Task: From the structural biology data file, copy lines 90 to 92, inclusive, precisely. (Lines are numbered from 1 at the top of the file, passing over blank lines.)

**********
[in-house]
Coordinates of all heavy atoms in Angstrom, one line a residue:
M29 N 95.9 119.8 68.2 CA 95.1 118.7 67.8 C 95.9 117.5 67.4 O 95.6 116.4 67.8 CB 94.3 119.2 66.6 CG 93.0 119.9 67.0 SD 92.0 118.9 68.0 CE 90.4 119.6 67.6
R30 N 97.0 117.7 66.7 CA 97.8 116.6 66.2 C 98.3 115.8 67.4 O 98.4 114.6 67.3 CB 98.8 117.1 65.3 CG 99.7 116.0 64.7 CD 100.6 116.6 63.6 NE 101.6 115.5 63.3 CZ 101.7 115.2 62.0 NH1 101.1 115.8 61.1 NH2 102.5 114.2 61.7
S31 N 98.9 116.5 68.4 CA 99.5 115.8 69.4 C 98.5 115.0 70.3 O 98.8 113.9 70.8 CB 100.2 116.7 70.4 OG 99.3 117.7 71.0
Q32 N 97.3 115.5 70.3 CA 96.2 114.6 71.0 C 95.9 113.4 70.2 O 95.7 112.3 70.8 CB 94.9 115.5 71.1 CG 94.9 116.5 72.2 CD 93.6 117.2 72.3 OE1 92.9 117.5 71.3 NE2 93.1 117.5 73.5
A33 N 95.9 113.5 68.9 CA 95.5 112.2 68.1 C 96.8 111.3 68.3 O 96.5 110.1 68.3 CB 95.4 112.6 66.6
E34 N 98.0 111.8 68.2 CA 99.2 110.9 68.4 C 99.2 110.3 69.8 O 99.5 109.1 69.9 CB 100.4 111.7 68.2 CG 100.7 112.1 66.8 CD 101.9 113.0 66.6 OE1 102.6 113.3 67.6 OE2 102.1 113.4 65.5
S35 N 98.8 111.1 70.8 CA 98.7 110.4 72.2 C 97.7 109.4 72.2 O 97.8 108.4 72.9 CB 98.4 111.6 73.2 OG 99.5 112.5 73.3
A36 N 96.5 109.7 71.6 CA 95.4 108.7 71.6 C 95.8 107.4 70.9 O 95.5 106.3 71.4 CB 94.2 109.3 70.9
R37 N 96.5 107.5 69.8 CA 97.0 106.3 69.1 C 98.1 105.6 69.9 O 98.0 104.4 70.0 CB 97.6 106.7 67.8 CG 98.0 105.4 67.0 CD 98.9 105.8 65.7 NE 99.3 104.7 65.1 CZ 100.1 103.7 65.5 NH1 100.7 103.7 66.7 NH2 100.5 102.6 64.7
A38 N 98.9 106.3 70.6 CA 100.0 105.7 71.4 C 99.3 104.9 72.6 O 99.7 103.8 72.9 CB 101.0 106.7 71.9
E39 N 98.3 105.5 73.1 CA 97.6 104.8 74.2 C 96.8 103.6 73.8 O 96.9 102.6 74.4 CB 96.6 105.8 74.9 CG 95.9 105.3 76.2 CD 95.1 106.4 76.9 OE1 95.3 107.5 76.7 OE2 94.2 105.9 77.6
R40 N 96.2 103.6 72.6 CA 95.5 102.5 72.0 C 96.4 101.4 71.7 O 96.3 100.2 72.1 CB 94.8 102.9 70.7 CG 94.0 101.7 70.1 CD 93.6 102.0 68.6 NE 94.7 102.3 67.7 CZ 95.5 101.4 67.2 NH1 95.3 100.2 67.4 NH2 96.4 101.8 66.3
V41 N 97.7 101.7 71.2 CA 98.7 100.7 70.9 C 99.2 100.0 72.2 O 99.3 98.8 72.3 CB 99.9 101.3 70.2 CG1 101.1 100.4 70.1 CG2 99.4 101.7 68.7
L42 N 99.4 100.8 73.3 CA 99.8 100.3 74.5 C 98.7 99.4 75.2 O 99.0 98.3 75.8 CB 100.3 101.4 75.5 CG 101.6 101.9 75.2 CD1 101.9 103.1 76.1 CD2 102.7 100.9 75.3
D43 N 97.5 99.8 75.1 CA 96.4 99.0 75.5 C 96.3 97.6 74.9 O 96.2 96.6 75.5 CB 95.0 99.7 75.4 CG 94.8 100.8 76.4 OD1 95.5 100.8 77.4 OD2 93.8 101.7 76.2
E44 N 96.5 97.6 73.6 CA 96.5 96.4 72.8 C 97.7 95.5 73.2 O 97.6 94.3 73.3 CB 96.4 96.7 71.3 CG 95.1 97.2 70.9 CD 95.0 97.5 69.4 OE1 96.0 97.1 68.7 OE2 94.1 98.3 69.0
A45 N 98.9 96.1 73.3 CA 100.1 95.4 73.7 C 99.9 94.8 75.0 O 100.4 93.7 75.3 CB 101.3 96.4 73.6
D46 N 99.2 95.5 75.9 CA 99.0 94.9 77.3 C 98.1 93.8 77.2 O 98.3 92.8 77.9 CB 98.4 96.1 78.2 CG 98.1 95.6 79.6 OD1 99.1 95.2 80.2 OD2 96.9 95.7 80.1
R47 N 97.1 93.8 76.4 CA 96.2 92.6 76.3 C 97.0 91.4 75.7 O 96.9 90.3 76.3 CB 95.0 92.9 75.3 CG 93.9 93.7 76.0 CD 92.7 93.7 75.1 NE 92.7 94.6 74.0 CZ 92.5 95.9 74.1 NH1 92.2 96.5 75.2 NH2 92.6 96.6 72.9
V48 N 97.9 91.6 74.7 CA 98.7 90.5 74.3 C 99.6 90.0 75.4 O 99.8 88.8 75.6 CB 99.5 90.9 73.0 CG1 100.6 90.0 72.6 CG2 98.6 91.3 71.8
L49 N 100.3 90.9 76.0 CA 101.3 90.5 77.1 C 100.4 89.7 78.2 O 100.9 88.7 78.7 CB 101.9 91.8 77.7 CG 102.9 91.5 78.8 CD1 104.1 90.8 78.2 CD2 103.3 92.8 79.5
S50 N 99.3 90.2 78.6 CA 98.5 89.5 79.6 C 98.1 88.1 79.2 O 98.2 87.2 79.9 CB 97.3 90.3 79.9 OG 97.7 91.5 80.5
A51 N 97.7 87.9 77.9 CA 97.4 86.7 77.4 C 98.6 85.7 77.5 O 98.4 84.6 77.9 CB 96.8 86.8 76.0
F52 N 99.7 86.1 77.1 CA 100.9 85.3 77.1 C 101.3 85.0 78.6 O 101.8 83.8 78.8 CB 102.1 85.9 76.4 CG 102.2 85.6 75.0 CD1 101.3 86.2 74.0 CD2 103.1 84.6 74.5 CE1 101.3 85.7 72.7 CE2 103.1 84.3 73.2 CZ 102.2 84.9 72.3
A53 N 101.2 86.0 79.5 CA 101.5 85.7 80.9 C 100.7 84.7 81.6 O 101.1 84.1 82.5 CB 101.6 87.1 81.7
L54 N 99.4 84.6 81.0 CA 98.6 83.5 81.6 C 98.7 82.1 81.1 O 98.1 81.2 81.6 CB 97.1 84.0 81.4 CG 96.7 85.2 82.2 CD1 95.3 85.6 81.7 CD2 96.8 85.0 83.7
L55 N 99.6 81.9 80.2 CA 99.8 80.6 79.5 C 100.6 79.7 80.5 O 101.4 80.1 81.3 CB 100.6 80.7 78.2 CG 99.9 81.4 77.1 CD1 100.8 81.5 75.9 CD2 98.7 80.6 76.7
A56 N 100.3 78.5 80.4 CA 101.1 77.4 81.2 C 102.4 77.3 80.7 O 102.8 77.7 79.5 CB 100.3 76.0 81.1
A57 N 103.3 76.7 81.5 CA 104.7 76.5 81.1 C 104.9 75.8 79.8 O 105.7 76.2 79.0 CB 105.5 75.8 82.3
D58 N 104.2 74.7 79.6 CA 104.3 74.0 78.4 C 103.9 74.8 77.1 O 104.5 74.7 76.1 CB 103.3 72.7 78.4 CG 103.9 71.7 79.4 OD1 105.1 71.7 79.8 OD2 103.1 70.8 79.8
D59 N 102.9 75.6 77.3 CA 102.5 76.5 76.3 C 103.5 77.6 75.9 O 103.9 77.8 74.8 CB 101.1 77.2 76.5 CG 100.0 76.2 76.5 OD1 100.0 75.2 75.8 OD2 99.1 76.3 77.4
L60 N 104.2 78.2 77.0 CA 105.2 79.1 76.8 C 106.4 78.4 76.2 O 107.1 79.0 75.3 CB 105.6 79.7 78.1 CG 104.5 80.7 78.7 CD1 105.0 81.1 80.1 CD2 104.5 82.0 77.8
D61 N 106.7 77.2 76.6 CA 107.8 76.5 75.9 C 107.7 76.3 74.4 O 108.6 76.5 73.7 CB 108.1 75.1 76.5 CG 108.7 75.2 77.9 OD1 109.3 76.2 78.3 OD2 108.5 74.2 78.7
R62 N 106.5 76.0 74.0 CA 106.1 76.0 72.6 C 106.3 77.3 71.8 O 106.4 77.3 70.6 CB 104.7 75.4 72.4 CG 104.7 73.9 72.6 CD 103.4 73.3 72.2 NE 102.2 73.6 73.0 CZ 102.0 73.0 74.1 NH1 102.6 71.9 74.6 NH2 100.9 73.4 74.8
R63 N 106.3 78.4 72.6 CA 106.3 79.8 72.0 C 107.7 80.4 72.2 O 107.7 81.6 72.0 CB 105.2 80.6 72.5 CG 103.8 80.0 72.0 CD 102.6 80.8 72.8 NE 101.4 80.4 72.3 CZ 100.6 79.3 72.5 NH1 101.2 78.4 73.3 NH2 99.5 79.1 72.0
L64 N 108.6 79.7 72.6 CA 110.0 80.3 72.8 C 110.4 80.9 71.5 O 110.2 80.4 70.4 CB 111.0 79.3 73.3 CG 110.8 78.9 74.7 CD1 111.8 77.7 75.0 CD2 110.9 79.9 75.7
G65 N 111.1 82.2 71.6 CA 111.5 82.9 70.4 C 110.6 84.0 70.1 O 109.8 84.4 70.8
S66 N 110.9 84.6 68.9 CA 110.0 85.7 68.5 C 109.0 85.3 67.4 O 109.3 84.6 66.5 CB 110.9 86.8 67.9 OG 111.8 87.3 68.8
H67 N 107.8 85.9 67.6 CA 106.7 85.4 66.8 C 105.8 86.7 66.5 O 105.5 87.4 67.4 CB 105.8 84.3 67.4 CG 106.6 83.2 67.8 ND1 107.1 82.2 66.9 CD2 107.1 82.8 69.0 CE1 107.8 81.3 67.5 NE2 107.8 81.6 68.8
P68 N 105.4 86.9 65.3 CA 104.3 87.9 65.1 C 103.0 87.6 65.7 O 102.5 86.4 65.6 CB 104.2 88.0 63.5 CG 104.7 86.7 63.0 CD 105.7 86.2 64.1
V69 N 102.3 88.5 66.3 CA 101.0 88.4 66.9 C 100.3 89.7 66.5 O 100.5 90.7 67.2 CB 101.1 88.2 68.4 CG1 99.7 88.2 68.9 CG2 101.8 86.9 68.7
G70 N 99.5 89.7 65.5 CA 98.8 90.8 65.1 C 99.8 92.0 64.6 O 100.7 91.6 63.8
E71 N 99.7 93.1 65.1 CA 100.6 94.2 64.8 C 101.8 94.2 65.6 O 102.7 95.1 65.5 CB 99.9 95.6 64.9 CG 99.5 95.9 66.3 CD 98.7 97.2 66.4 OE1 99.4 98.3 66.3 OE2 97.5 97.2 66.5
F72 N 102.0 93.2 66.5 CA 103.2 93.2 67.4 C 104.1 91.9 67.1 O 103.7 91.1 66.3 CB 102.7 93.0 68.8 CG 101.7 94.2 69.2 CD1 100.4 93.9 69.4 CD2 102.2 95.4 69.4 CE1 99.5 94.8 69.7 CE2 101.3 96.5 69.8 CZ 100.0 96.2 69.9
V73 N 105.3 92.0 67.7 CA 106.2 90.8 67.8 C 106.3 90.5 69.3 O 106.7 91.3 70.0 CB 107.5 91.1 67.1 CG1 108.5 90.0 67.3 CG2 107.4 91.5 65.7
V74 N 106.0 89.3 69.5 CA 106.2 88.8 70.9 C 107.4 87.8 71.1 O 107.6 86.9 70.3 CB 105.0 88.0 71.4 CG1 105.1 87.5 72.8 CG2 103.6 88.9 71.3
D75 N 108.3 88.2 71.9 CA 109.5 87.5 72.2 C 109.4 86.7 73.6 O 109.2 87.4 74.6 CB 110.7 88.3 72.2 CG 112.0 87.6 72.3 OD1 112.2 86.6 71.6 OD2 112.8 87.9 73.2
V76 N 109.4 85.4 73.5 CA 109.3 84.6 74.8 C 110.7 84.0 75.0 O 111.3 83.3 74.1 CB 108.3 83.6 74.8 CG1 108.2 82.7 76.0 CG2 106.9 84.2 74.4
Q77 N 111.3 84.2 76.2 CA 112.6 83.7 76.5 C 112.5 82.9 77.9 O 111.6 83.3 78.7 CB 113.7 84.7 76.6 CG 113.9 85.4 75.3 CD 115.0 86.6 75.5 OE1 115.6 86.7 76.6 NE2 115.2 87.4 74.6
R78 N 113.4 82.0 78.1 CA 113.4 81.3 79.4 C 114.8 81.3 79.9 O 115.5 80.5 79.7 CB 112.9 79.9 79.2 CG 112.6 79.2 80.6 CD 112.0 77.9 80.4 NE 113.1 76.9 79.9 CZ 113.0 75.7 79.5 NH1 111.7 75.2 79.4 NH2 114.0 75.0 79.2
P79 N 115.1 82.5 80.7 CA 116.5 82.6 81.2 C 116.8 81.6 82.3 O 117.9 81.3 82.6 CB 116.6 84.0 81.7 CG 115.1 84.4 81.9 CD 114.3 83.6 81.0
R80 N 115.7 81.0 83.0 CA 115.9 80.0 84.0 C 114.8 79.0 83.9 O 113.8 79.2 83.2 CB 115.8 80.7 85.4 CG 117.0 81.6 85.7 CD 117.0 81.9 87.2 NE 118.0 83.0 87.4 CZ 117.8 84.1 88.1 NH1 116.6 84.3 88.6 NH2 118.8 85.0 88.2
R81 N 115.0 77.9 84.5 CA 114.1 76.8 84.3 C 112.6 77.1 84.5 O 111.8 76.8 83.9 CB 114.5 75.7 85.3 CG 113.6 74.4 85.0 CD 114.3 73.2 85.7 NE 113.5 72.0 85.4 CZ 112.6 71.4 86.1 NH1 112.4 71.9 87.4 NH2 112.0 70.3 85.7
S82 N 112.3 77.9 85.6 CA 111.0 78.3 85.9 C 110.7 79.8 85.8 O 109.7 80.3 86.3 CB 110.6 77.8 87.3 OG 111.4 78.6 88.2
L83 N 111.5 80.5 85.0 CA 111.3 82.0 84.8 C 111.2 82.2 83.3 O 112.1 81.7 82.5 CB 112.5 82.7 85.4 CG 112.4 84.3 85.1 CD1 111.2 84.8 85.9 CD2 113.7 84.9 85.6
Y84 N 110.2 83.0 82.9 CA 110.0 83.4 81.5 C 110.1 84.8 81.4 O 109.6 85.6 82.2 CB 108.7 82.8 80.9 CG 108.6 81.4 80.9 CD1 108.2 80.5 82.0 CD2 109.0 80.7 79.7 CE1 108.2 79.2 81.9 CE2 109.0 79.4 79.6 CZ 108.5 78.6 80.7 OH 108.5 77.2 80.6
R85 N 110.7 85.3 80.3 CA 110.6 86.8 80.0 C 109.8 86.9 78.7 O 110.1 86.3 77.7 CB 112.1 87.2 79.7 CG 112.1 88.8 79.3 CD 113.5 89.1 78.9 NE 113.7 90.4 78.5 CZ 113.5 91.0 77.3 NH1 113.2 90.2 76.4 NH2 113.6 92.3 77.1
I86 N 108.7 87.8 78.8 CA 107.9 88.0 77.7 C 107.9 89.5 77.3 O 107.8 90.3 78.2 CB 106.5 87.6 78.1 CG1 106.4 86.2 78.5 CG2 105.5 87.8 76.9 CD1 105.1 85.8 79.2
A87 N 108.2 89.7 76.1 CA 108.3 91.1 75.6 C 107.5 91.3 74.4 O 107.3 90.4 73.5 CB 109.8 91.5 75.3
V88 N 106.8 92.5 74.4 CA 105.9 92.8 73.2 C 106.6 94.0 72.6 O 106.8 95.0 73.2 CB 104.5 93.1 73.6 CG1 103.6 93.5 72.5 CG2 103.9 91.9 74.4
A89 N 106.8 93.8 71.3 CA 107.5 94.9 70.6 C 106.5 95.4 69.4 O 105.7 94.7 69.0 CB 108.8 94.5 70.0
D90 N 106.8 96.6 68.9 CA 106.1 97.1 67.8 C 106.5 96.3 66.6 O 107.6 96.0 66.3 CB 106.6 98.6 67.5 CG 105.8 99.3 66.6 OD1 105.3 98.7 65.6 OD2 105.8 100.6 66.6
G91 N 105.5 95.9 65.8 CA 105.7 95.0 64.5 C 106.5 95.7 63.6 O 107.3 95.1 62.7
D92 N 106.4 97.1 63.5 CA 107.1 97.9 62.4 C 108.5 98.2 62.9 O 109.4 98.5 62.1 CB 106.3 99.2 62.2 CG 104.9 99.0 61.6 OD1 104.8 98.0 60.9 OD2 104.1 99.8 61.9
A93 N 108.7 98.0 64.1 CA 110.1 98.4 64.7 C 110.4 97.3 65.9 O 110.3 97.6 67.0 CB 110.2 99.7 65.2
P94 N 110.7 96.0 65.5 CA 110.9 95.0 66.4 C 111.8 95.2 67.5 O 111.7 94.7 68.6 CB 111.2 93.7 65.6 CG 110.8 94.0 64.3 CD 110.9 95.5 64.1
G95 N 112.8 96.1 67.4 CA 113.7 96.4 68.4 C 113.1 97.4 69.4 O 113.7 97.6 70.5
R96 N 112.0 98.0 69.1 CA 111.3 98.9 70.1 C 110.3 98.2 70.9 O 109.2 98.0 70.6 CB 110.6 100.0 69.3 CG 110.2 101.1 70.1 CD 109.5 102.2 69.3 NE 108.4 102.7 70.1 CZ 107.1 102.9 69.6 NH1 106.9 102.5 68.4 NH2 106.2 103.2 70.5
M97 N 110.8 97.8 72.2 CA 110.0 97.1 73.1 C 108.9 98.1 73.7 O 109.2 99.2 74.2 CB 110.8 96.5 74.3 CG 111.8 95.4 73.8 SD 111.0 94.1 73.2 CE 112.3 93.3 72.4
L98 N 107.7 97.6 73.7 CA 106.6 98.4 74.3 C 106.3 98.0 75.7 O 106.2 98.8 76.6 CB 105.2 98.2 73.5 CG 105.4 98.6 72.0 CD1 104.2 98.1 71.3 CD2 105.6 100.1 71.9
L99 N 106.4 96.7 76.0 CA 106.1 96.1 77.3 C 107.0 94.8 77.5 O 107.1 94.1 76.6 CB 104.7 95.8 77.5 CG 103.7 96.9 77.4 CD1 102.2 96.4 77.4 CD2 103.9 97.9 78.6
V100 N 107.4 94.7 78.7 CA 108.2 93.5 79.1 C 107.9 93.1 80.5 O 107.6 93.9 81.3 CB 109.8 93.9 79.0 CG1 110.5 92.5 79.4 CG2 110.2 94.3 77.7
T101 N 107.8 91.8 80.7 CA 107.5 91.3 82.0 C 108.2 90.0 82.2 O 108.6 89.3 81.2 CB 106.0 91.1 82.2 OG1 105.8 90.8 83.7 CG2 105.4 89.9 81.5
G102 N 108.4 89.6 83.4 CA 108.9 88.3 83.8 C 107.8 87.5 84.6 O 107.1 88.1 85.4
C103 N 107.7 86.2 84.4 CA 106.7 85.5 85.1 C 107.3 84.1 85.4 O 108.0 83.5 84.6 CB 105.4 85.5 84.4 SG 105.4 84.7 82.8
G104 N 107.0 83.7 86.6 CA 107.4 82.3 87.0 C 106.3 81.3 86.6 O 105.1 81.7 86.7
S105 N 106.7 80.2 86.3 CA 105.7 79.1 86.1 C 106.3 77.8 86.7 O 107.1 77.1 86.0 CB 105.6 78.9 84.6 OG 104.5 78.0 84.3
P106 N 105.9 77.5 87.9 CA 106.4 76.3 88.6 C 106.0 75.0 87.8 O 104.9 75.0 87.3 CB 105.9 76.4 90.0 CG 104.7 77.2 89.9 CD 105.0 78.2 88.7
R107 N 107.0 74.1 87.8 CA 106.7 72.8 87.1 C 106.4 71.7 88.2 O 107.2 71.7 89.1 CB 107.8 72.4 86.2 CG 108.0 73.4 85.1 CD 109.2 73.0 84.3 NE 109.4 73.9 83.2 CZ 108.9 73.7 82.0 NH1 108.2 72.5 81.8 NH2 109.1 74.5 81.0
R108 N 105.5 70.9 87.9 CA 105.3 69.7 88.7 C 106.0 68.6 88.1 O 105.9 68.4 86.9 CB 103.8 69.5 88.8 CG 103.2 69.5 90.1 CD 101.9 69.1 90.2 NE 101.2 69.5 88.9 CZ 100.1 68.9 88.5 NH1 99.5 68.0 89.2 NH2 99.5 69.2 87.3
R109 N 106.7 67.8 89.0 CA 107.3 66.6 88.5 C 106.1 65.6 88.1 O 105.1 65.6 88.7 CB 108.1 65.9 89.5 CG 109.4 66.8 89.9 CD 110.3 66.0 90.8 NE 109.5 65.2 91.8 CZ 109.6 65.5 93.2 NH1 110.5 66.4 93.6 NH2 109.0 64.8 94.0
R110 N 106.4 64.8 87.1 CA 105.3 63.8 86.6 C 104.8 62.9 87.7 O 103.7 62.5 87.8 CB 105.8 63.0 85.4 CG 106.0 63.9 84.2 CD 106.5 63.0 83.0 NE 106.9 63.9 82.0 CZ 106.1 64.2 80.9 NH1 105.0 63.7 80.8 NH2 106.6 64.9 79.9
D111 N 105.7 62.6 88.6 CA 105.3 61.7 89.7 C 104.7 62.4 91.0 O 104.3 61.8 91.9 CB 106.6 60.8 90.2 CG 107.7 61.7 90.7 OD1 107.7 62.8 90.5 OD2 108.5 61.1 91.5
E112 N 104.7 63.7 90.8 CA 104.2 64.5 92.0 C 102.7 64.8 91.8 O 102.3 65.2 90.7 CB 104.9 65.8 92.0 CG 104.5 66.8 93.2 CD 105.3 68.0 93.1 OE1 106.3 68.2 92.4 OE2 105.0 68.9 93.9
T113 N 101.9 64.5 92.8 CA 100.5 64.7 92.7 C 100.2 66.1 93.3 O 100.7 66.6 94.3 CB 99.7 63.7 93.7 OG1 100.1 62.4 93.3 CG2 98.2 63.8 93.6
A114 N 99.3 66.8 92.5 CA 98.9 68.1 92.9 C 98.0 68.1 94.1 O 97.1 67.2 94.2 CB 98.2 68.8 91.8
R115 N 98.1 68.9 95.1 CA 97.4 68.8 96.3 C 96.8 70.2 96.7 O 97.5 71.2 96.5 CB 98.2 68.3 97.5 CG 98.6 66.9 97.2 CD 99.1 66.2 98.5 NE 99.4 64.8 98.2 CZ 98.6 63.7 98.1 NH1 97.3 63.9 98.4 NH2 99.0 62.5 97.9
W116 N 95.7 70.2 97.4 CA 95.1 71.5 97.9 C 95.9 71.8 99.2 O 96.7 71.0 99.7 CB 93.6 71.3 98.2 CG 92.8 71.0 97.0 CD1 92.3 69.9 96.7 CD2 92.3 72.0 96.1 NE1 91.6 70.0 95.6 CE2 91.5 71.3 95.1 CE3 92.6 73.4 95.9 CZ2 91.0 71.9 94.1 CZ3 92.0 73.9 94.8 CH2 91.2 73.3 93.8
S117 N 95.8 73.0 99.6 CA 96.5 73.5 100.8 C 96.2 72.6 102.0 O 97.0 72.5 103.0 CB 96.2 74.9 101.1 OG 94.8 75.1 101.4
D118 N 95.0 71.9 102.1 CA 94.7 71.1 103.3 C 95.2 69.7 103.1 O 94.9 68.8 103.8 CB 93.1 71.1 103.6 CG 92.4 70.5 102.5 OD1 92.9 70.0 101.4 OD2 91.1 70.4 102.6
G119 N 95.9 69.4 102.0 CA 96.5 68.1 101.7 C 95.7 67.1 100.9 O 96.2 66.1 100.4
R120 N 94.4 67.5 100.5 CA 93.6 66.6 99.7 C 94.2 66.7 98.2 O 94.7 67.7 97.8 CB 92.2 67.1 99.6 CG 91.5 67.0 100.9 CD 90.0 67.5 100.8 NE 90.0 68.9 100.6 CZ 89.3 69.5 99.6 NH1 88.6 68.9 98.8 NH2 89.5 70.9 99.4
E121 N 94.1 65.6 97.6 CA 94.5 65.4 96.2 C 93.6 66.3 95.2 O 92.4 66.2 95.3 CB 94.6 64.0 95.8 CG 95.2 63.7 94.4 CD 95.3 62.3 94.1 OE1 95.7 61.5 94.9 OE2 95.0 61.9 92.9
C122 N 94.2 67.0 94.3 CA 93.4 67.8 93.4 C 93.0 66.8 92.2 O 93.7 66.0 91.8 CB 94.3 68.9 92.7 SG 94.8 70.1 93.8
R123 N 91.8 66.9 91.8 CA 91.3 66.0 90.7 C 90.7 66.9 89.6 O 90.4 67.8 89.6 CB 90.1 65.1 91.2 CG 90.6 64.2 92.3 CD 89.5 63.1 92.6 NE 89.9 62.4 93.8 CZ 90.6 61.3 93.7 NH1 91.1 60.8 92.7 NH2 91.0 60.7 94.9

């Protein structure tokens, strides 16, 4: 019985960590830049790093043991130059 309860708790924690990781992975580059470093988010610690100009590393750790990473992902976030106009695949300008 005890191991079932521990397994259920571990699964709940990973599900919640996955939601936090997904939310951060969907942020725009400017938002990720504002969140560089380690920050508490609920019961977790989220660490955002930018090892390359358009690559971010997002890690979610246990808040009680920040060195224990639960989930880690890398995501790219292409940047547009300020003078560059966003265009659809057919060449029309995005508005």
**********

W116 N 95.7 70.2 97.4 CA 95.1 71.5 97.9 C 95.9 71.8 99.2 O 96.7 71.0 99.7 CB 93.6 71.3 98.2 CG 92.8 71.0 97.0 CD1 92.3 69.9 96.7 CD2 92.3 72.0 96.1 NE1 91.6 70.0 95.6 CE2 91.5 71.3 95.1 CE3 92.6 73.4 95.9 CZ2 91.0 71.9 94.1 CZ3 92.0 73.9 94.8 CH2 91.2 73.3 93.8
S117 N 95.8 73.0 99.6 CA 96.5 73.5 100.8 C 96.2 72.6 102.0 O 97.0 72.5 103.0 CB 96.2 74.9 101.1 OG 94.8 75.1 101.4
D118 N 95.0 71.9 102.1 CA 94.7 71.1 103.3 C 95.2 69.7 103.1 O 94.9 68.8 103.8 CB 93.1 71.1 103.6 CG 92.4 70.5 102.5 OD1 92.9 70.0 101.4 OD2 91.1 70.4 102.6